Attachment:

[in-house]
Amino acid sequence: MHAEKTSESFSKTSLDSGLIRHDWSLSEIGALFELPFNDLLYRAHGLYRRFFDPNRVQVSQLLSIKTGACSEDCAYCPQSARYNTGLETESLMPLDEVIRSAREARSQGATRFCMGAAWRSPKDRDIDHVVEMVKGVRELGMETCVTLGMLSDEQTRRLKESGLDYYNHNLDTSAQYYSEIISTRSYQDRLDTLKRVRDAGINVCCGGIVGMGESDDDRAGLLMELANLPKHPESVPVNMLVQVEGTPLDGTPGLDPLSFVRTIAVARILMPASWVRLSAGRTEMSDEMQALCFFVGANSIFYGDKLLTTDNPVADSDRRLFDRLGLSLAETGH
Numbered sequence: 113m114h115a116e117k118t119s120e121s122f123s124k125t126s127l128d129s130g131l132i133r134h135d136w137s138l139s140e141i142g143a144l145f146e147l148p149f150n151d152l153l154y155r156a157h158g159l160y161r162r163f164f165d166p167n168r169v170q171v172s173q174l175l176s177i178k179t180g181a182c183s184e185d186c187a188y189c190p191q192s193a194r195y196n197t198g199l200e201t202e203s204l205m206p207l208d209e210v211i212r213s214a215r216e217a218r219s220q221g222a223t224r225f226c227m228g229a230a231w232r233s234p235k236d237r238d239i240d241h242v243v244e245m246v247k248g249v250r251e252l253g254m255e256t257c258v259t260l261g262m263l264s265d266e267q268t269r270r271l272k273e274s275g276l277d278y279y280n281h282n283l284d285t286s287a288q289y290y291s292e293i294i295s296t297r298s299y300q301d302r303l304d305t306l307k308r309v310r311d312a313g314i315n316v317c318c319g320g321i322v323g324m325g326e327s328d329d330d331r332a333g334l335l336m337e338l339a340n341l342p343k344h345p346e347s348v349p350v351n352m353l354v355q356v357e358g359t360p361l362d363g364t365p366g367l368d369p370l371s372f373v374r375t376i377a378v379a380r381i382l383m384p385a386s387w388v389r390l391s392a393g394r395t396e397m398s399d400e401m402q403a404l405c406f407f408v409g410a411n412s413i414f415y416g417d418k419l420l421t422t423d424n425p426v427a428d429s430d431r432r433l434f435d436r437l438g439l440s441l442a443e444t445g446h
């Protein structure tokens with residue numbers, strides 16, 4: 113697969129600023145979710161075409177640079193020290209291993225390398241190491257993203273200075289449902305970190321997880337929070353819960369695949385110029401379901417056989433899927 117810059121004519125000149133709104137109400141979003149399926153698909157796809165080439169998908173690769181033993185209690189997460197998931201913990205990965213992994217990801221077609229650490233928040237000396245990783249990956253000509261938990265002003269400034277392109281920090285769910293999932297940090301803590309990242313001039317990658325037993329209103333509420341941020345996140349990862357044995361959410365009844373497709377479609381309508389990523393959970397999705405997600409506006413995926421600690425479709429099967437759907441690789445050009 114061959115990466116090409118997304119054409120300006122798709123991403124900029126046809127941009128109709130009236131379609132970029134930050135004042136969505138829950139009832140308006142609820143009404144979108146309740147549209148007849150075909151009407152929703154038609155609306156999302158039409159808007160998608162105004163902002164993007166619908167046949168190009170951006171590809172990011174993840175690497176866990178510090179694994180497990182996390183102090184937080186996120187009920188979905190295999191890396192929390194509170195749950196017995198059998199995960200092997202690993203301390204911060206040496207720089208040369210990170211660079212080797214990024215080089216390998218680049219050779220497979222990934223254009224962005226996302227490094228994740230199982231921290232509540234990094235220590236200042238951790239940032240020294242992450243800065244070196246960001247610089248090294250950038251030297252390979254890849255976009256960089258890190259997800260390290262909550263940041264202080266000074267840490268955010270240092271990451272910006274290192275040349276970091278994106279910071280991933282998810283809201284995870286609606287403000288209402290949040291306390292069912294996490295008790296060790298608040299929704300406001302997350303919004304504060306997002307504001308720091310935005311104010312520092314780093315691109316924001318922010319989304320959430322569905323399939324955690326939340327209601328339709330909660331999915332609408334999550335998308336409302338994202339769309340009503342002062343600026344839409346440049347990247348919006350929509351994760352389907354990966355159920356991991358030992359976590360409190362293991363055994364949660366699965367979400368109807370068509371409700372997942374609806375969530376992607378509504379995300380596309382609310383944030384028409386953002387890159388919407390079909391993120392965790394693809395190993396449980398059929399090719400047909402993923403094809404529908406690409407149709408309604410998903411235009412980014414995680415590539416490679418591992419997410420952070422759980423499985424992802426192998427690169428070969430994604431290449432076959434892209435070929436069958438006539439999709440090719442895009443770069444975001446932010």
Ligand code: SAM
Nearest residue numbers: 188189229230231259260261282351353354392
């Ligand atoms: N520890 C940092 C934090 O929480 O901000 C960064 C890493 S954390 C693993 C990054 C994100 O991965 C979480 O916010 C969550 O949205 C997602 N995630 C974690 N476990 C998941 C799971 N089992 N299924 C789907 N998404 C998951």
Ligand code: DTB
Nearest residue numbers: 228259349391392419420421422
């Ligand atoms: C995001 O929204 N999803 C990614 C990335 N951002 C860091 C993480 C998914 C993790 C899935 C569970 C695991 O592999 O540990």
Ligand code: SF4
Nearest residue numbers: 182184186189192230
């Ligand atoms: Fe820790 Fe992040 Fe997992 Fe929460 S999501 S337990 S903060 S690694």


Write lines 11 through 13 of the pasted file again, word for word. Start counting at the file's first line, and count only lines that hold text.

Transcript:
Ligand code: SF4
Nearest residue numbers: 182184186189192230
């Ligand atoms: Fe820790 Fe992040 Fe997992 Fe929460 S999501 S337990 S903060 S690694």